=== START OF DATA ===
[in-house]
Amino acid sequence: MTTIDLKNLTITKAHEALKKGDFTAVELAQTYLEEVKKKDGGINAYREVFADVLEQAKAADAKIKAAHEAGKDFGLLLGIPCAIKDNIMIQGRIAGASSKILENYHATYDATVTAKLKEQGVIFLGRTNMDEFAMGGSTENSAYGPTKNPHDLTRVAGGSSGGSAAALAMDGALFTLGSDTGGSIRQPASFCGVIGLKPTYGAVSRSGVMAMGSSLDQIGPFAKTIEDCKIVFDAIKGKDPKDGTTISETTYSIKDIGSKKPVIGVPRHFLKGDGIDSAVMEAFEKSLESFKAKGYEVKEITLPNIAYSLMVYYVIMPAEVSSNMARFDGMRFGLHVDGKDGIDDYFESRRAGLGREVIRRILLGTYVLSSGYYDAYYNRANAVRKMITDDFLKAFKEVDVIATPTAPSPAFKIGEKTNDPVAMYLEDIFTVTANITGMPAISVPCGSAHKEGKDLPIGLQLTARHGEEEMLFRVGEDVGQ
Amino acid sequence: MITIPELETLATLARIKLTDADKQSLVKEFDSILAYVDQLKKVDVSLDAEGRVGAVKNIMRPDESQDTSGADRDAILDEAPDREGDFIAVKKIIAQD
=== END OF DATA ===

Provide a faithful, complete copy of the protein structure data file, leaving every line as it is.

[in-house]
Amino acid sequence: MTTIDLKNLTITKAHEALKKGDFTAVELAQTYLEEVKKKDGGINAYREVFADVLEQAKAADAKIKAAHEAGKDFGLLLGIPCAIKDNIMIQGRIAGASSKILENYHATYDATVTAKLKEQGVIFLGRTNMDEFAMGGSTENSAYGPTKNPHDLTRVAGGSSGGSAAALAMDGALFTLGSDTGGSIRQPASFCGVIGLKPTYGAVSRSGVMAMGSSLDQIGPFAKTIEDCKIVFDAIKGKDPKDGTTISETTYSIKDIGSKKPVIGVPRHFLKGDGIDSAVMEAFEKSLESFKAKGYEVKEITLPNIAYSLMVYYVIMPAEVSSNMARFDGMRFGLHVDGKDGIDDYFESRRAGLGREVIRRILLGTYVLSSGYYDAYYNRANAVRKMITDDFLKAFKEVDVIATPTAPSPAFKIGEKTNDPVAMYLEDIFTVTANITGMPAISVPCGSAHKEGKDLPIGLQLTARHGEEEMLFRVGEDVGQ
Amino acid sequence: MITIPELETLATLARIKLTDADKQSLVKEFDSILAYVDQLKKVDVSLDAEGRVGAVKNIMRPDESQDTSGADRDAILDEAPDREGDFIAVKKIIAQD